Social Media is a wonderful tool for reaching your customers and generating leads/sales (all for FREE). It is essential to have a good plan to ensure you are maximising your efforts.
Here is a 7 step guide on how to write a social media plan:
1. Set Clear Goals:
To be successful in business (and life in general), you need to set goals. Clear, defined goals. If you are writing a plan then surely you should be trying to achieve something. Otherwise, how do you know if the plan is working or not?
Set clear, defined goals around what you want your social media marketing to achieve; generate your leads by 50%; increase your social media following by 1,000 on each platform; raise brand name awareness; increase engagement by 30%; release free promotion and test success/failure etc.
The clearer you are about your goals, the clearer and more detailed your plan will be. Your efforts will be more efficient and you will have a greater chance of success.
2. Understand Social Media Is A Tool:
There are too many people saying that Social Media is the ‘be all and end all’ of marketing and sales. This kind of thinking is detrimental to your business. Social Media is a tool. It is just one tool amongst many tools that you will use to achieve your business’ overall objectives. Having this mindset makes you approach social media differently.
Your online marketing plan must have your website as the central element. Social media, SEO, landing pages, blog, email marketing etc all revolve around the website to achieve your goals. All elements must work together in harmony and not in competition with each other.
3. Understand Each Platforms’ Uses:
Before you start any marketing on Facebook, Twitter, YouTube etc, you must get familiar with them. The best thing to do is to set up an account and ‘get to know’ the platform. Each platform has it’s own uses and strengths. For example, Facebook is great for sharing pictures and videos but you wouldn’t blog on there. Twitter is great for sharing links (blogs, vids) and it’s a great conversational tool. By being on the platforms you get a feel for the advantages and disadvantages for each platform. You also get a feel for the culture i.e. best practices. This could be how to appropriately use hash tags on Twitter or not tagging people in every single photo that you post (particularly if it doesn’t have anything to do with them.)
4. Create Your Content:
Everything revolves around content. Content is the number one thing that you need to be successful in the online world. The strength of your social media efforts will only be as good as the content that you provide. If the content sucks then no one will click. If the content is valuable then people will most likely engage with you.
Your number one aim is to ensure that you continuously create valuable content that will attract your customers and keep them engaged.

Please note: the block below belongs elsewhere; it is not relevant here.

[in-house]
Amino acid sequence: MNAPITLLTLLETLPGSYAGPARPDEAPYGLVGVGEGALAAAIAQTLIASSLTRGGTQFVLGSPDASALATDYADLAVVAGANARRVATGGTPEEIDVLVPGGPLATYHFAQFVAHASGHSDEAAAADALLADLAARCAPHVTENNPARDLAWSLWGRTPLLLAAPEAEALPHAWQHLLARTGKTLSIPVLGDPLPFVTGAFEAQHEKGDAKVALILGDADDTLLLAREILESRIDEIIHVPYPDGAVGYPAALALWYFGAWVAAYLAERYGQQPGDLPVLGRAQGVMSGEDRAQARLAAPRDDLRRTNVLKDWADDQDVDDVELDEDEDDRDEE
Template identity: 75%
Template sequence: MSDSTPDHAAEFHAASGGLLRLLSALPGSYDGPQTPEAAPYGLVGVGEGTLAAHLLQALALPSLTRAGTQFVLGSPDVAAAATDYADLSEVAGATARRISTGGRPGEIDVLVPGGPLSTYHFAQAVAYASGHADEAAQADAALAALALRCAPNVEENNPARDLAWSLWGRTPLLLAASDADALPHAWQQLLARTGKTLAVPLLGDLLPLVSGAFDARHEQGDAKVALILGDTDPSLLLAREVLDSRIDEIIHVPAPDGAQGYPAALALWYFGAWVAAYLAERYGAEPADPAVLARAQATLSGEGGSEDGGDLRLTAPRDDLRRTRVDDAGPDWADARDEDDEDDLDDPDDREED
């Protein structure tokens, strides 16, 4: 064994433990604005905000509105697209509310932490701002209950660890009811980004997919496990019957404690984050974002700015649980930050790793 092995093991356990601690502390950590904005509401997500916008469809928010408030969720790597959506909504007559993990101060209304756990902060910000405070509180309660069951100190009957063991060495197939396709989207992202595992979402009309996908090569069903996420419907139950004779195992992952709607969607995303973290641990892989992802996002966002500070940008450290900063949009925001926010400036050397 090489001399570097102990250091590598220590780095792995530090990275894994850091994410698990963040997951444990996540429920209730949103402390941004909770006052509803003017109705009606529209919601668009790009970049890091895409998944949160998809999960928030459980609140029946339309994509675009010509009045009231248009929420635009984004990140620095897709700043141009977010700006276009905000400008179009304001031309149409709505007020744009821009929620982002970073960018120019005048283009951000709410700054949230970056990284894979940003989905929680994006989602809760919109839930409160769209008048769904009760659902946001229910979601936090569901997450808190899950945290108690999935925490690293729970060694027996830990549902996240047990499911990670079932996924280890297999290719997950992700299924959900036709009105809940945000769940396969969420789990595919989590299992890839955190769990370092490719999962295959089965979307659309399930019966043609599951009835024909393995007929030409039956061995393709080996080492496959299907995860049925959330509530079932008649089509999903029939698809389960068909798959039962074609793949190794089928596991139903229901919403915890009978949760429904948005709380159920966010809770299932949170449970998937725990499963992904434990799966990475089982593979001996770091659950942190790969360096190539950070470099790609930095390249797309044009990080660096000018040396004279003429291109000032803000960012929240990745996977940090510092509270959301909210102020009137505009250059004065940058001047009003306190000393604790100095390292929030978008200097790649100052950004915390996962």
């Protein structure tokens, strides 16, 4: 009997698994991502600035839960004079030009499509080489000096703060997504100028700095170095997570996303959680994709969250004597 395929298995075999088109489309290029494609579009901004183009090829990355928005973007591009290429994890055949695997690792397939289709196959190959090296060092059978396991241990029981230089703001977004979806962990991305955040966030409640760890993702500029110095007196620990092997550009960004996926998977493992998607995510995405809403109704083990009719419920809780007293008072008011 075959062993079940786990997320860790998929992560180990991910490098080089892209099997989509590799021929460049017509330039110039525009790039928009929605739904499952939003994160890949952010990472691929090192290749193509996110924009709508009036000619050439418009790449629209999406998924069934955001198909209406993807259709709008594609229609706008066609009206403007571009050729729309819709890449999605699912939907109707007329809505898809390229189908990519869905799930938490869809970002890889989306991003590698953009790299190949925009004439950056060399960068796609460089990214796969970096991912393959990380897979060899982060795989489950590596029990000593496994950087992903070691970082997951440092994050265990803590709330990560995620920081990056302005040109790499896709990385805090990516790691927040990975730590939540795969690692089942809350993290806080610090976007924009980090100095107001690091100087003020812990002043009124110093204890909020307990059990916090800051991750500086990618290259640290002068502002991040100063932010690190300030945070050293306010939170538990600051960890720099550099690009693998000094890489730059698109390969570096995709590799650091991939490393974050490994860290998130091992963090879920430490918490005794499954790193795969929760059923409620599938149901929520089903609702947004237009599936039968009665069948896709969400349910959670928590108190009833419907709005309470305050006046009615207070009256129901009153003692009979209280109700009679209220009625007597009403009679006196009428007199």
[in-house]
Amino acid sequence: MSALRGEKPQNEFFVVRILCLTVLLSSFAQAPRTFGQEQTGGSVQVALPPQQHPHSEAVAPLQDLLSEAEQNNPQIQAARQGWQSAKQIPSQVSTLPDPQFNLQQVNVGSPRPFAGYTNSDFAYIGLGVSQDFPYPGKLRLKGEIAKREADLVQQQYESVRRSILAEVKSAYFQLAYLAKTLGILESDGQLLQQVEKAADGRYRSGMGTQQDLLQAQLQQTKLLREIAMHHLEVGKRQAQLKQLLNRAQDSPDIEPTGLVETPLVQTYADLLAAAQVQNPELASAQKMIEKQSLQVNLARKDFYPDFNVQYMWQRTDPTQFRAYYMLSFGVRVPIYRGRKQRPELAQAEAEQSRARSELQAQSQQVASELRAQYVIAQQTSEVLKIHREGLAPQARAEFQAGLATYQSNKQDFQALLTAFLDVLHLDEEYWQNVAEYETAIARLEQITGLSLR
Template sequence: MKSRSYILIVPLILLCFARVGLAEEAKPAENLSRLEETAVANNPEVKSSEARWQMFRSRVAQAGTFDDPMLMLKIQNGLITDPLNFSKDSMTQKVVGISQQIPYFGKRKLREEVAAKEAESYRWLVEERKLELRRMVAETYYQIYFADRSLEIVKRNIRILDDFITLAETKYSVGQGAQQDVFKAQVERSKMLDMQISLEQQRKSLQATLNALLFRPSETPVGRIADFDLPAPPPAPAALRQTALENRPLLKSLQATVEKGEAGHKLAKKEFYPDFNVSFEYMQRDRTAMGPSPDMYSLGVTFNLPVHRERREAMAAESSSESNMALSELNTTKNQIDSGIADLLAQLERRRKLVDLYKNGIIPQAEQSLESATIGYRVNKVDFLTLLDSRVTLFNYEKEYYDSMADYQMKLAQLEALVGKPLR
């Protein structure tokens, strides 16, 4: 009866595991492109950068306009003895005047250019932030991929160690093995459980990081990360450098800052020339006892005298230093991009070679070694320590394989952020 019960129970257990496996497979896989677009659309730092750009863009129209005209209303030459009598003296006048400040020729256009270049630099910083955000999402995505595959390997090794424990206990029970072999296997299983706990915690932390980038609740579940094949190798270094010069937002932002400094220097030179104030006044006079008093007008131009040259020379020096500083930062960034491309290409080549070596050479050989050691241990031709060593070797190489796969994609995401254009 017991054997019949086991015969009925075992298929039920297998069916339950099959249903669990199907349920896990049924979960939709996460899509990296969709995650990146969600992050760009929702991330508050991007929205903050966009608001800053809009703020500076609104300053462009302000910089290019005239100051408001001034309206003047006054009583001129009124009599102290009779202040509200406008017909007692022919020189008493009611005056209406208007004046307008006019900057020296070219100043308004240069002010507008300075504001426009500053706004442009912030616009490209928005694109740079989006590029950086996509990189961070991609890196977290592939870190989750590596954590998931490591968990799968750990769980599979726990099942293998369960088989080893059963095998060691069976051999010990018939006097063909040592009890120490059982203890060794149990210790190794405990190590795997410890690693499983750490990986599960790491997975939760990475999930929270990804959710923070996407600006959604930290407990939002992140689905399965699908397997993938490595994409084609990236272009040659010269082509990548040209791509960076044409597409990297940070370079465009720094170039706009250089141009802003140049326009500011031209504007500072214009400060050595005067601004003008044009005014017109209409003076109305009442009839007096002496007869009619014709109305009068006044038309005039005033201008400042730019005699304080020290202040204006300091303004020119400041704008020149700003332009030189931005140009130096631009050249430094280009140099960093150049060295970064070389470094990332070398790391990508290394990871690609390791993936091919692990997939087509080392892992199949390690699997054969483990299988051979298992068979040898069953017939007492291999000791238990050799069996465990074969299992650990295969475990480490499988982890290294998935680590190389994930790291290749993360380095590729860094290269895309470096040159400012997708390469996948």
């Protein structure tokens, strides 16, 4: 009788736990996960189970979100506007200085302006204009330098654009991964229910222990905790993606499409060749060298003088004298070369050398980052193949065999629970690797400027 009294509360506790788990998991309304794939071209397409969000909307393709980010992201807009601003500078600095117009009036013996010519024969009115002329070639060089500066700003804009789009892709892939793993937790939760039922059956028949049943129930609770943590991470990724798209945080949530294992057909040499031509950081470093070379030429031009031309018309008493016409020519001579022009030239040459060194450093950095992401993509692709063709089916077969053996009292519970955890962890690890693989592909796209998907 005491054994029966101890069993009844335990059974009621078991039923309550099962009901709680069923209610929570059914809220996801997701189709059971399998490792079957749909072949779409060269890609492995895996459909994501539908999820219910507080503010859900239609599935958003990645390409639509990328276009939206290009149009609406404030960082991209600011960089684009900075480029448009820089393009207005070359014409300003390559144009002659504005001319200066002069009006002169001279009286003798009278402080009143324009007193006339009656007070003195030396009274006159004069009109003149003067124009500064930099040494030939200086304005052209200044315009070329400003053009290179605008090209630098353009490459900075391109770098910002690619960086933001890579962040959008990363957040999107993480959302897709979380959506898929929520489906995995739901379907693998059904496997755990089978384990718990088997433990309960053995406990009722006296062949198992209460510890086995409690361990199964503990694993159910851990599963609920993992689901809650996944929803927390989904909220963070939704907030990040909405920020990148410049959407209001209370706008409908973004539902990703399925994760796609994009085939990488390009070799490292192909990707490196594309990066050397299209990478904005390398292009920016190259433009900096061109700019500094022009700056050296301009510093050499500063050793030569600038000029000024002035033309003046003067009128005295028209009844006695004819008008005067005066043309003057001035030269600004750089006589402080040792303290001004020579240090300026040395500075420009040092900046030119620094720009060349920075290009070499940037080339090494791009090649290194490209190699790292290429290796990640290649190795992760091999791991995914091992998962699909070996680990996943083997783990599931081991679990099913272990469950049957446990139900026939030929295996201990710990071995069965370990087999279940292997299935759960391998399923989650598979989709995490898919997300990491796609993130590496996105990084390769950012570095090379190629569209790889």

5. Determine Which Content Suits Which Platform:
Once you have an idea of the content you are creating (blogs, videos, podcasts, pictures etc) you can then determine which platform is the most suitable to release it on. For example if you are a photographer you might want to use Facebook, Pinterest and Instagram – visual platforms. If you are a solictors firm you might want to use Twitter, blogging and Facebook – platforms that are easy to demonstrate and share educational/information-based content.
6. Test, Measure, Adapt:
This is by far the most neglected part of the process and it is the most crucial. This is the way you determine whether you are achieving the goals you set out in point no. 1.
Not everything will work. That’s just a fact. Some of your ideas will work wonderfully and some will fall flat on their face. The most important thing is to test your efforts and see what is working and what you need to get rid of. If things don’t work, don’t be disheartened. Simply adapt your strategy and try something new. Don’t stop. Keep going day in and day out!
7. Allow For Time:
One of the biggest problems I see in the social media industry is that there are people who offer promises that seem totally unrealistic. They are like ‘get rich quick’ schemes. The social media equivalent is to increase your numbers by thousands in a week, or to generate more sales in no time.
Nothing of value ever happens instantly. Things of value take time. You must factor into your plan that some things will take time to grow (blog readerships can take anywhere between 6 months to a year to develop). Building a quality fan base (that are actually interested in your company) takes time. Don’t get me wrong, some things can go ‘viral’ (although I hate that term) and you can see some spikes here and there, but mostly you should be aiming for steady growth.
For more information you can download my FREE eBook ’10 Commandments of Social Media.’
Hi, I’m Haroon Rashid and I’m the author of this blog and the founder of Finisher Creative. If you are a small business or a charity/non-profit I would be more than happy to talk to you about your online marketing and social media needs. If you’re in the Yorkshire area (UK) I’ll even take you out for a coffee! You can email me on email@example.com, check me out on Facebook, follow me @FinisherCre8ive or Google+ I look forward to hearing from you!Get a FREE Consultation